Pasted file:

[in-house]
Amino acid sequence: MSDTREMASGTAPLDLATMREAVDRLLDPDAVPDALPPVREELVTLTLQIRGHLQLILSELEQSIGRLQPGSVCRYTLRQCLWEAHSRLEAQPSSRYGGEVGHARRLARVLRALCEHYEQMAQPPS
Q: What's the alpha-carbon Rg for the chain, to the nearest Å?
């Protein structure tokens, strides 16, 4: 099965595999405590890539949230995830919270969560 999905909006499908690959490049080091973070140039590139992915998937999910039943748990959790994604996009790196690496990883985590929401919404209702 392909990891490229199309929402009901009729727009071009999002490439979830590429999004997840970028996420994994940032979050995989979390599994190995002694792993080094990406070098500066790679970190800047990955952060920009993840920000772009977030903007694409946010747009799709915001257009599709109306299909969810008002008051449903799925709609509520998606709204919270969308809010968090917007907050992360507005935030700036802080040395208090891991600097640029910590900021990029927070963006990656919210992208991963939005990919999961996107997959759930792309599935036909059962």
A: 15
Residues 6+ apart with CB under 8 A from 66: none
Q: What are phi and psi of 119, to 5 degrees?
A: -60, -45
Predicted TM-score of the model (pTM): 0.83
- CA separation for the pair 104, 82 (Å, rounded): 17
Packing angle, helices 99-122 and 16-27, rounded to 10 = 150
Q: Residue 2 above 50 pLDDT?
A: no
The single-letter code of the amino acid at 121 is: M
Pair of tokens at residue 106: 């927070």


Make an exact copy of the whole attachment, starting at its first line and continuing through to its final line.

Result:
[in-house]
Amino acid sequence: MSDTREMASGTAPLDLATMREAVDRLLDPDAVPDALPPVREELVTLTLQIRGHLQLILSELEQSIGRLQPGSVCRYTLRQCLWEAHSRLEAQPSSRYGGEVGHARRLARVLRALCEHYEQMAQPPS
Q: What's the alpha-carbon Rg for the chain, to the nearest Å?
């Protein structure tokens, strides 16, 4: 099965595999405590890539949230995830919270969560 999905909006499908690959490049080091973070140039590139992915998937999910039943748990959790994604996009790196690496990883985590929401919404209702 392909990891490229199309929402009901009729727009071009999002490439979830590429999004997840970028996420994994940032979050995989979390599994190995002694792993080094990406070098500066790679970190800047990955952060920009993840920000772009977030903007694409946010747009799709915001257009599709109306299909969810008002008051449903799925709609509520998606709204919270969308809010968090917007907050992360507005935030700036802080040395208090891991600097640029910590900021990029927070963006990656919210992208991963939005990919999961996107997959759930792309599935036909059962």
A: 15
Residues 6+ apart with CB under 8 A from 66: none
Q: What are phi and psi of 119, to 5 degrees?
A: -60, -45
Predicted TM-score of the model (pTM): 0.83
- CA separation for the pair 104, 82 (Å, rounded): 17
Packing angle, helices 99-122 and 16-27, rounded to 10 = 150
Q: Residue 2 above 50 pLDDT?
A: no
The single-letter code of the amino acid at 121 is: M
Pair of tokens at residue 106: 């927070």